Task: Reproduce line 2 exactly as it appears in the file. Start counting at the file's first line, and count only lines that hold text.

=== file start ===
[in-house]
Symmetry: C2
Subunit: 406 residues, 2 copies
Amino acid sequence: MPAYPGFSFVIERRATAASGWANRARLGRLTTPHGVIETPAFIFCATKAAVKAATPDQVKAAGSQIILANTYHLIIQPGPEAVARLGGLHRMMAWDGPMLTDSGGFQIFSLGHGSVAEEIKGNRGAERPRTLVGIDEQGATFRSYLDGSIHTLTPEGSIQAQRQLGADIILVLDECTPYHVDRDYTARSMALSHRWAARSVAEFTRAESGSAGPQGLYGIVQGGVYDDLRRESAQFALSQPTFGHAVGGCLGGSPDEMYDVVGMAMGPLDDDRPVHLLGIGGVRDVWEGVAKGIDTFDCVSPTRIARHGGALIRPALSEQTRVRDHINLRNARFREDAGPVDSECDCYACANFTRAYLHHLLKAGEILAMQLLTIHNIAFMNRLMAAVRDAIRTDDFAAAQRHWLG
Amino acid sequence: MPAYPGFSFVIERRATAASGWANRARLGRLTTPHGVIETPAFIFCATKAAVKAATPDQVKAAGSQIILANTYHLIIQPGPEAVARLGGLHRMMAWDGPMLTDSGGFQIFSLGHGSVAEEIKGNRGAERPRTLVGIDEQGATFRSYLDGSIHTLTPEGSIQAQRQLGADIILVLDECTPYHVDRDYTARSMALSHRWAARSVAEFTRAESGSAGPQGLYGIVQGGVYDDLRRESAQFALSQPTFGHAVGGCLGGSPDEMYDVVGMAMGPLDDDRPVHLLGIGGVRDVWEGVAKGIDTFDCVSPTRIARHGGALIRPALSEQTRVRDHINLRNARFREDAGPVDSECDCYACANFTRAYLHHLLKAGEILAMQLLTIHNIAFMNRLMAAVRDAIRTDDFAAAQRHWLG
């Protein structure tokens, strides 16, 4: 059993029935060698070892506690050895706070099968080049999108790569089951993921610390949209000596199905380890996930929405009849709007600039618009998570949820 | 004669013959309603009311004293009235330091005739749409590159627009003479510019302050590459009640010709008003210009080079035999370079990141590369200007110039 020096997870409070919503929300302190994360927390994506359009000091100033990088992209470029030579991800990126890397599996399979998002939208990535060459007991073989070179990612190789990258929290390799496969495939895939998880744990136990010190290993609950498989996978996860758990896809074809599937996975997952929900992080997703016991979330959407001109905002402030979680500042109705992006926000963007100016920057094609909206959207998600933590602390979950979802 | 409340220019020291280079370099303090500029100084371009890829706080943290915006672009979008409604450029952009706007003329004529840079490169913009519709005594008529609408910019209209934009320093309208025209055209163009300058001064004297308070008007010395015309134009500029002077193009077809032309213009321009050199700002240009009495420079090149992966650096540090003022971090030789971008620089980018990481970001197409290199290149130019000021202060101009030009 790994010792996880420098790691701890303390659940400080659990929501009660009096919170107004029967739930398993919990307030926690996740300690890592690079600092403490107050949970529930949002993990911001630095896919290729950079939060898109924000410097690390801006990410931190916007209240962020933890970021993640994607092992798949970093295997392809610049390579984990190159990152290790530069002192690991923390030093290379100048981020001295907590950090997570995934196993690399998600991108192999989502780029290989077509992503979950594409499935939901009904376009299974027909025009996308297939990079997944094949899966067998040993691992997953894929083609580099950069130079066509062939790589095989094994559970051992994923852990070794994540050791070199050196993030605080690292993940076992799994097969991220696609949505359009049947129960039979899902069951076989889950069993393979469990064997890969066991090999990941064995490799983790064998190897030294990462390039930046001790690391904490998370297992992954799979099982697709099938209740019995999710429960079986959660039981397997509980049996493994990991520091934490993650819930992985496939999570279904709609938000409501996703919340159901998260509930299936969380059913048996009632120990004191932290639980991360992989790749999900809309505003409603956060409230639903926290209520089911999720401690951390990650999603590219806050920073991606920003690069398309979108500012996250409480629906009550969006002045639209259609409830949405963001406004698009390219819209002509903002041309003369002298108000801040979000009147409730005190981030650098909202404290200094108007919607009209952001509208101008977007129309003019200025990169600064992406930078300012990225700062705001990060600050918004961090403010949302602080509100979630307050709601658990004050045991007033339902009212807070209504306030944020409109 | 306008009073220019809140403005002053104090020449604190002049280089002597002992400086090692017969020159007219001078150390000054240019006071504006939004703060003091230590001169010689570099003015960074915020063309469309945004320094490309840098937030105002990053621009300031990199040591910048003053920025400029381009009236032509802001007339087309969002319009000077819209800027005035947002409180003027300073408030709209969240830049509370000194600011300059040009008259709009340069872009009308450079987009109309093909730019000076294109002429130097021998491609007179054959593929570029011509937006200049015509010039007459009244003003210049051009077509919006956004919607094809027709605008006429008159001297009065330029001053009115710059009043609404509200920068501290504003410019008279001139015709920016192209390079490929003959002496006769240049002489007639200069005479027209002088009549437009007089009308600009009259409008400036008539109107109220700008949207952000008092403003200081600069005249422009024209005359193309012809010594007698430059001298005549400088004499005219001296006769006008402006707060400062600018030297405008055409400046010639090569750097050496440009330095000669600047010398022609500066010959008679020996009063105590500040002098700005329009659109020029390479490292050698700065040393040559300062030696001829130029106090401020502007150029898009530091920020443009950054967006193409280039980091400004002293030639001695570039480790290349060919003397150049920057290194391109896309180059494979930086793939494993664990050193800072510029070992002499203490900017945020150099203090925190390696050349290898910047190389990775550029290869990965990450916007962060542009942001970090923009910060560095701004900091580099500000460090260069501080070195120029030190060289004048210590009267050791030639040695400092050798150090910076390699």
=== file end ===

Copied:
Symmetry: C2